US Doctors Unsure Kids Under 3 Need Vision Screening
Friday, September 08, 2017 | Medical Studies
Children should get their vision tested at least once between ages 3 and 5, but there isn’t enough evidence to say for sure whether they need evaluations when they’re younger, according to new guidelines from U.S. physicians, as reported in Medscape.
For kids around preschool age, vision screening can help identify risk factors or symptoms of amblyopia, or lazy eye, which can lead to permanent vision loss, according to the guidelines issued by the government-backed U.S. Preventive Services Task Force (USPSTF).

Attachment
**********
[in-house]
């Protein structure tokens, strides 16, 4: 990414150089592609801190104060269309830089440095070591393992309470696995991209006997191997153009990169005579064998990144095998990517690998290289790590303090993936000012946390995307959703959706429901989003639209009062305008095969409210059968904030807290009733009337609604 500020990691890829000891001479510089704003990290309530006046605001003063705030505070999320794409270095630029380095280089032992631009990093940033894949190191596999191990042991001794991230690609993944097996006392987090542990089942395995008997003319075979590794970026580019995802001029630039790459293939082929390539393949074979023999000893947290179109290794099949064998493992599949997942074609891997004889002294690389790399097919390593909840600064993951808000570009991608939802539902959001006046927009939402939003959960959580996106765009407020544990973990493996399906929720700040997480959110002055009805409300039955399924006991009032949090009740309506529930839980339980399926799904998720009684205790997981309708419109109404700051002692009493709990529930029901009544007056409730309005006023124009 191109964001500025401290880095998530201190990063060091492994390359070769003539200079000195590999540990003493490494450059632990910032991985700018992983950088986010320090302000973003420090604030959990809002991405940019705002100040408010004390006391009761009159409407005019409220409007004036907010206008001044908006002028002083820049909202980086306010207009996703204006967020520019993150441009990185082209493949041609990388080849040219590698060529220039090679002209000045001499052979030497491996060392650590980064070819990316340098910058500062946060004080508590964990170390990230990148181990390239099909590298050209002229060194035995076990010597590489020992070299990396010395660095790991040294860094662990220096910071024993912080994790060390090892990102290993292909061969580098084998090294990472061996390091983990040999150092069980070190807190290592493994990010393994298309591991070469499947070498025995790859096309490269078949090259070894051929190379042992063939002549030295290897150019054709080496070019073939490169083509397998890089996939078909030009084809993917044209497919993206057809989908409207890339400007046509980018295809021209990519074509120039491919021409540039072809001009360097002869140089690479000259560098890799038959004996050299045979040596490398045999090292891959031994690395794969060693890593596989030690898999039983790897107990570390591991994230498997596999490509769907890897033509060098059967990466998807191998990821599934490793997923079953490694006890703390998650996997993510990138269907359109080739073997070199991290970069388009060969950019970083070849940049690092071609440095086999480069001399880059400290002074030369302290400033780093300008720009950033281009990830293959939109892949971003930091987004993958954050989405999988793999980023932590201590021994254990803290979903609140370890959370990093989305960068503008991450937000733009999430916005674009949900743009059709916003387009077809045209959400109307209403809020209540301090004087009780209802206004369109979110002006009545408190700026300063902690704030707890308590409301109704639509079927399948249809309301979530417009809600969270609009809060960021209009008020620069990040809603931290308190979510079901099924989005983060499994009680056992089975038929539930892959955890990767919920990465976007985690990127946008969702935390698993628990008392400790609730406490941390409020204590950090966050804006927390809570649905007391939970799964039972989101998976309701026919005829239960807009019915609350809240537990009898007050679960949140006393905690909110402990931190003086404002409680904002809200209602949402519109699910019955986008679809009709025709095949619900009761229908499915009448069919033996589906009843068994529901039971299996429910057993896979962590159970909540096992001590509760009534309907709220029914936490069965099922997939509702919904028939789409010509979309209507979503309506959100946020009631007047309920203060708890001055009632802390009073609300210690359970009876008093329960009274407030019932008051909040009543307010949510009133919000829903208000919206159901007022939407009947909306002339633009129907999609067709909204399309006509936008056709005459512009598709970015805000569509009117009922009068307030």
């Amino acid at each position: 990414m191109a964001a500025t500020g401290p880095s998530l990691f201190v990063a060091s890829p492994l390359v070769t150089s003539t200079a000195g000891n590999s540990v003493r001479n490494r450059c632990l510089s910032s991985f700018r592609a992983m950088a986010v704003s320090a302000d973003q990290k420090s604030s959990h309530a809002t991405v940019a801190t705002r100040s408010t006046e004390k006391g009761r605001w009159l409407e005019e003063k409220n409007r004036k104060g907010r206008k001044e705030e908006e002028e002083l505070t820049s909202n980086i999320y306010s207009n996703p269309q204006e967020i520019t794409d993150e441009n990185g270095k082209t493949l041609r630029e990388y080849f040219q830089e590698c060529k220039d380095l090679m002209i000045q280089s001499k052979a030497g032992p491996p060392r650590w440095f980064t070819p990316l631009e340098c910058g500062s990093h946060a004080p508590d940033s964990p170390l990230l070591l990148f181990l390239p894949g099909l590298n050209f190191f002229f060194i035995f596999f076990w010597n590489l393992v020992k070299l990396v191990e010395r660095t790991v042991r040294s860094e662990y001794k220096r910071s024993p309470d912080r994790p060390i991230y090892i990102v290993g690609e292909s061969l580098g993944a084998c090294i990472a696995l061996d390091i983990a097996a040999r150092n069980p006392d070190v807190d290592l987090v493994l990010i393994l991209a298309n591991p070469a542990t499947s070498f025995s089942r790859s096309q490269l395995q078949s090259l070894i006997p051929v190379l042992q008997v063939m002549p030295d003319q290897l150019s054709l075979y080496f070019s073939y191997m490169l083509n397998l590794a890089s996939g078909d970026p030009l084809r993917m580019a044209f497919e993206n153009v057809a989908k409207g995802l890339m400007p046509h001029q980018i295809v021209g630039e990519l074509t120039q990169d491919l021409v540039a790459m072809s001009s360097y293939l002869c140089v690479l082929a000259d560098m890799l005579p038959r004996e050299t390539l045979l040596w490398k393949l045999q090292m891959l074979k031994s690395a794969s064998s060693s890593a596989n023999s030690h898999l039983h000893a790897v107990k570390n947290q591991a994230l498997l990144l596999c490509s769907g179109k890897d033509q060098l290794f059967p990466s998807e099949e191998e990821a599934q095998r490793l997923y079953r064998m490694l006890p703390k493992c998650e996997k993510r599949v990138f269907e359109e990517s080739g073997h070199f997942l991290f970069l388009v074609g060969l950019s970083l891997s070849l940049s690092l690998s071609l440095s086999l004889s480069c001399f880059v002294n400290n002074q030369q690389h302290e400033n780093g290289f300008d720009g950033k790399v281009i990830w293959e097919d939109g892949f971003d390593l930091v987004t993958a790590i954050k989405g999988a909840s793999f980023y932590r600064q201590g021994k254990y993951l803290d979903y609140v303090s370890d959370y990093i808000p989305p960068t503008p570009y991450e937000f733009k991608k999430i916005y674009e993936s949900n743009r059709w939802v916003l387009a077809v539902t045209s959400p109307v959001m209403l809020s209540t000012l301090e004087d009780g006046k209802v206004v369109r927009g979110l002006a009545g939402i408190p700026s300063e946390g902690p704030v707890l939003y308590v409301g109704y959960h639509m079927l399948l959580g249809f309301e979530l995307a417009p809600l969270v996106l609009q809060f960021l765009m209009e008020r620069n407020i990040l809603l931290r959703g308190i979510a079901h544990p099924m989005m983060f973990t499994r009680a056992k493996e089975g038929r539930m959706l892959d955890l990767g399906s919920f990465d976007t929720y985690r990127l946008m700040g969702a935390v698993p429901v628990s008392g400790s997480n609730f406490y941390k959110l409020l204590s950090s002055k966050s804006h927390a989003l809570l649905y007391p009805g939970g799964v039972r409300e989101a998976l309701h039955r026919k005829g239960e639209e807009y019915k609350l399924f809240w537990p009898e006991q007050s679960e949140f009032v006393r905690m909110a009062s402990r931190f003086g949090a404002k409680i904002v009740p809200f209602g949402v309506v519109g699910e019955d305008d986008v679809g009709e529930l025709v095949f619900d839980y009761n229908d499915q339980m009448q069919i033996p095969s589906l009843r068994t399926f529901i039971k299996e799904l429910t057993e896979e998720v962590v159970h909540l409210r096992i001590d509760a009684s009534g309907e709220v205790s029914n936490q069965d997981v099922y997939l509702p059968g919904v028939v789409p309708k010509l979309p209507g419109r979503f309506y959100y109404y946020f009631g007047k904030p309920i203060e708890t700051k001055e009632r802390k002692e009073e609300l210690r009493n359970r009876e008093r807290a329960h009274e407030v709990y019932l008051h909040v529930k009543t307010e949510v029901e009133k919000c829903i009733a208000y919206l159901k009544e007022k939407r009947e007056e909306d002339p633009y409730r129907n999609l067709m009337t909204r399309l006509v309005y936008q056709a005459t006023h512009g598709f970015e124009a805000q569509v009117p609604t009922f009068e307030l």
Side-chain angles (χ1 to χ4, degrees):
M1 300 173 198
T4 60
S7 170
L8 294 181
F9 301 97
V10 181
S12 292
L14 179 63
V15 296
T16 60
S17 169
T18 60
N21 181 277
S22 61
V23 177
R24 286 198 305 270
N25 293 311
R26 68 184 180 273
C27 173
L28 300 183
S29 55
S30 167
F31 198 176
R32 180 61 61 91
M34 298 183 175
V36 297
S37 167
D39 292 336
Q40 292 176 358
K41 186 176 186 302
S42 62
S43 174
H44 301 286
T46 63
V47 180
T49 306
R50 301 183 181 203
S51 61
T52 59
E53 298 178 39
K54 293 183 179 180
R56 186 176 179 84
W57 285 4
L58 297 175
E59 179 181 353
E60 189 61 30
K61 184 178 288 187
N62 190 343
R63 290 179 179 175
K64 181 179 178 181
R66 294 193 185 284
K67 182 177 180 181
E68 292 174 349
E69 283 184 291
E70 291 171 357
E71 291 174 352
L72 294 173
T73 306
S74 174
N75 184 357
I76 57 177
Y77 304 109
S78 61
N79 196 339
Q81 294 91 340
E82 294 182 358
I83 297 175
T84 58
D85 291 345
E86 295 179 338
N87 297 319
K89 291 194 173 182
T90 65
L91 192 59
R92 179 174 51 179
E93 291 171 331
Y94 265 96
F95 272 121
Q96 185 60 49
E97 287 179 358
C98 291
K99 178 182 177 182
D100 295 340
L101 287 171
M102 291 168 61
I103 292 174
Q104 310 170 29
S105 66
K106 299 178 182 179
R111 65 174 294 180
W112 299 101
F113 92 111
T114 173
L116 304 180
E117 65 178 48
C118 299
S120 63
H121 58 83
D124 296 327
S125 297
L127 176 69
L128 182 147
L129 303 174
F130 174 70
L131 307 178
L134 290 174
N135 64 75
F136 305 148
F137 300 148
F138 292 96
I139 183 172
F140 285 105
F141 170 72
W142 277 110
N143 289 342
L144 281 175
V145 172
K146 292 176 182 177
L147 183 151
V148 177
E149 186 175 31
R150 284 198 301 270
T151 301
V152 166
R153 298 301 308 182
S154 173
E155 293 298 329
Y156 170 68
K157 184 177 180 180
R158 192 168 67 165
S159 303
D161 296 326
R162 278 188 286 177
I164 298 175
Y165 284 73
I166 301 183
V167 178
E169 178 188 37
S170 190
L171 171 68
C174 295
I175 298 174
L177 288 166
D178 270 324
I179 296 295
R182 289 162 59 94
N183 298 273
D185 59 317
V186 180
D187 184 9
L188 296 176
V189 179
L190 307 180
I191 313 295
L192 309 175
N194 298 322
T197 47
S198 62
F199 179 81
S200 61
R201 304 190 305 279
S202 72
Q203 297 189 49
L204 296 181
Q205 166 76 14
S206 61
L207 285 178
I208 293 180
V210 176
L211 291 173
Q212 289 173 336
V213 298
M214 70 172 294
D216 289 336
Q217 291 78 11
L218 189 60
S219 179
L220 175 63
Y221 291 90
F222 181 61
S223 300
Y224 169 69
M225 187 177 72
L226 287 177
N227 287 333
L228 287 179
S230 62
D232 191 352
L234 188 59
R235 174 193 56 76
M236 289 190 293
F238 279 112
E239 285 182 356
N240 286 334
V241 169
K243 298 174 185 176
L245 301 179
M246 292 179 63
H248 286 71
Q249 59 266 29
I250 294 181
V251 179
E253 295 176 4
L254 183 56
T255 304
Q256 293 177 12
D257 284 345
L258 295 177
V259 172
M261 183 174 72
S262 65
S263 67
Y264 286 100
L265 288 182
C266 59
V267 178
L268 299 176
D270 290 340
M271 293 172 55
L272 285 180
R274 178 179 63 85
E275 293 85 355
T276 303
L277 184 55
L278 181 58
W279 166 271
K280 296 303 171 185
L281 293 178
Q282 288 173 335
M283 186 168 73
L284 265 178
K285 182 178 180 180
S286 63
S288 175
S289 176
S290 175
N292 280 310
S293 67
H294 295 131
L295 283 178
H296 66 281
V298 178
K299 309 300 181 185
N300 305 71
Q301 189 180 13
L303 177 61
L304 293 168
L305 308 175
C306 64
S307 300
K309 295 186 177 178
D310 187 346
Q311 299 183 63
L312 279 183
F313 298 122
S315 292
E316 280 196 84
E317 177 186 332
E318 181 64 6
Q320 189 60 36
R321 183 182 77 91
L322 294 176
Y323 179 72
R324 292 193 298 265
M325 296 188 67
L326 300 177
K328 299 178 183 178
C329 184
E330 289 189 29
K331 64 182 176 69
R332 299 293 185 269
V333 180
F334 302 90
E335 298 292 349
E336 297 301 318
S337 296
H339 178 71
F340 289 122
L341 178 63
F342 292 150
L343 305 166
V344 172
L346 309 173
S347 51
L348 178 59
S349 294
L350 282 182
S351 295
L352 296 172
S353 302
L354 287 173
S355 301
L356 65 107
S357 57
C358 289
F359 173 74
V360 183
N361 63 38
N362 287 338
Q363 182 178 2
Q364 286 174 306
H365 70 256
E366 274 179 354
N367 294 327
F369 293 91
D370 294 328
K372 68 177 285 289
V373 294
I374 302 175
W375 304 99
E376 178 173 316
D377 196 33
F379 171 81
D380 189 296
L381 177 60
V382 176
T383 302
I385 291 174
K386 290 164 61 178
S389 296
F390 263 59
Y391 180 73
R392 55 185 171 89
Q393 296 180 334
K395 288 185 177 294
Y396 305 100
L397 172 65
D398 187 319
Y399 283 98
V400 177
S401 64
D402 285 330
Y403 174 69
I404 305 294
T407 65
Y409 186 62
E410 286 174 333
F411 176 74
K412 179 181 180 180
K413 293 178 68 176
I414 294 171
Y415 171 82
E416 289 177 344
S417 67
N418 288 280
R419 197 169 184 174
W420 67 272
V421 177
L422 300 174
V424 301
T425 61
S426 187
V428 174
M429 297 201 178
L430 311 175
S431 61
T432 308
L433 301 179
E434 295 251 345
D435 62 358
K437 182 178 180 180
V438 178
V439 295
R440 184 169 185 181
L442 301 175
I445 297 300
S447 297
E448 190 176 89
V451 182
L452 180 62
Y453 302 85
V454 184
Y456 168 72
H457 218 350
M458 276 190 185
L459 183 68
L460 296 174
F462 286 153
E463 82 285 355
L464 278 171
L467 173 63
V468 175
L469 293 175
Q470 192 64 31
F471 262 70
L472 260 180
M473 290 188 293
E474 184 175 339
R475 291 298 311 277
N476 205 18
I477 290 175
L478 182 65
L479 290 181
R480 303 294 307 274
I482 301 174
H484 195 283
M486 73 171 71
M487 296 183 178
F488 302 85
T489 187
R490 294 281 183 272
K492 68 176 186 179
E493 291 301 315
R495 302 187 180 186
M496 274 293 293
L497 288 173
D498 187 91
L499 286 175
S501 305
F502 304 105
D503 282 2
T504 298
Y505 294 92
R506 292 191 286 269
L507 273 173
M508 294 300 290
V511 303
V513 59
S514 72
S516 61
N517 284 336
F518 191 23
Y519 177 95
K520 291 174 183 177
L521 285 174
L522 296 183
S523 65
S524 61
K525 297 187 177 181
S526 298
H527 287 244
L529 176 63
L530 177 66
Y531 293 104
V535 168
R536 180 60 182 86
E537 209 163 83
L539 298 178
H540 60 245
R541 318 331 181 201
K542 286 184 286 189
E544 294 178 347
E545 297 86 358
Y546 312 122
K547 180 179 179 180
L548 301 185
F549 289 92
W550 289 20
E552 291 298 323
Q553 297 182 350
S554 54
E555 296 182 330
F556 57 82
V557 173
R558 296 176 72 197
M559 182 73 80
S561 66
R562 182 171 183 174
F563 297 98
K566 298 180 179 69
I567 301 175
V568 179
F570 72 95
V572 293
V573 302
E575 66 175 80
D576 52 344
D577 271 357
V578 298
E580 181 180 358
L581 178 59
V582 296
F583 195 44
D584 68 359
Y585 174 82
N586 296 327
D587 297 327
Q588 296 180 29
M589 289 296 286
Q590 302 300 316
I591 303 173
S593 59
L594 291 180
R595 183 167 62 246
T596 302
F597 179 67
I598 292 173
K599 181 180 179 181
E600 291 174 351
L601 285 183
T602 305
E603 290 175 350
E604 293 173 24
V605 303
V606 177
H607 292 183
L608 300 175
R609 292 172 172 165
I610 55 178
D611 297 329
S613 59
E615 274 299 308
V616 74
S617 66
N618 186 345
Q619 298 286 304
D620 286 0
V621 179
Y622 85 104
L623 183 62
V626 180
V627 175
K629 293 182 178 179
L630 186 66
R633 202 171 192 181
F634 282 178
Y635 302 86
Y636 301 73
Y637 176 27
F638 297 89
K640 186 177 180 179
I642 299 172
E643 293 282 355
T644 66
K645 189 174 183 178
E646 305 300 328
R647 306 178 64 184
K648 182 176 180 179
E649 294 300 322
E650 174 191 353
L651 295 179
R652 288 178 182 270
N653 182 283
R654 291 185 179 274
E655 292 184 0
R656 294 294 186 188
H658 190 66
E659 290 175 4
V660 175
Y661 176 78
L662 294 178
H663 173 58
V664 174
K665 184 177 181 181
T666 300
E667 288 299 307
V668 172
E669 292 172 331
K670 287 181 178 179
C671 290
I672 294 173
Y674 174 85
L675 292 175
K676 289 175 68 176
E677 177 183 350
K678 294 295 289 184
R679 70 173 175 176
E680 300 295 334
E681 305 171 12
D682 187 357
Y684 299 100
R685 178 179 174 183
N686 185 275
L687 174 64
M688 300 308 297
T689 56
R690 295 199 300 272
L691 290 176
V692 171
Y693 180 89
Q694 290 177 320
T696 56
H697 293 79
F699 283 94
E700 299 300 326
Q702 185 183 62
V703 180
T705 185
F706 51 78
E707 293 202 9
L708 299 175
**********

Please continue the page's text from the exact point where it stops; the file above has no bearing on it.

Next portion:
“Vision screening of children ages three to five in the primary care practice setting can detect amblyopia, also known as lazy eye, or other conditions that if untreated could lead to amblyopia,” said task force member Dr. Alex Kemper of Nationwide Children’s Hospital in Columbus, Ohio.
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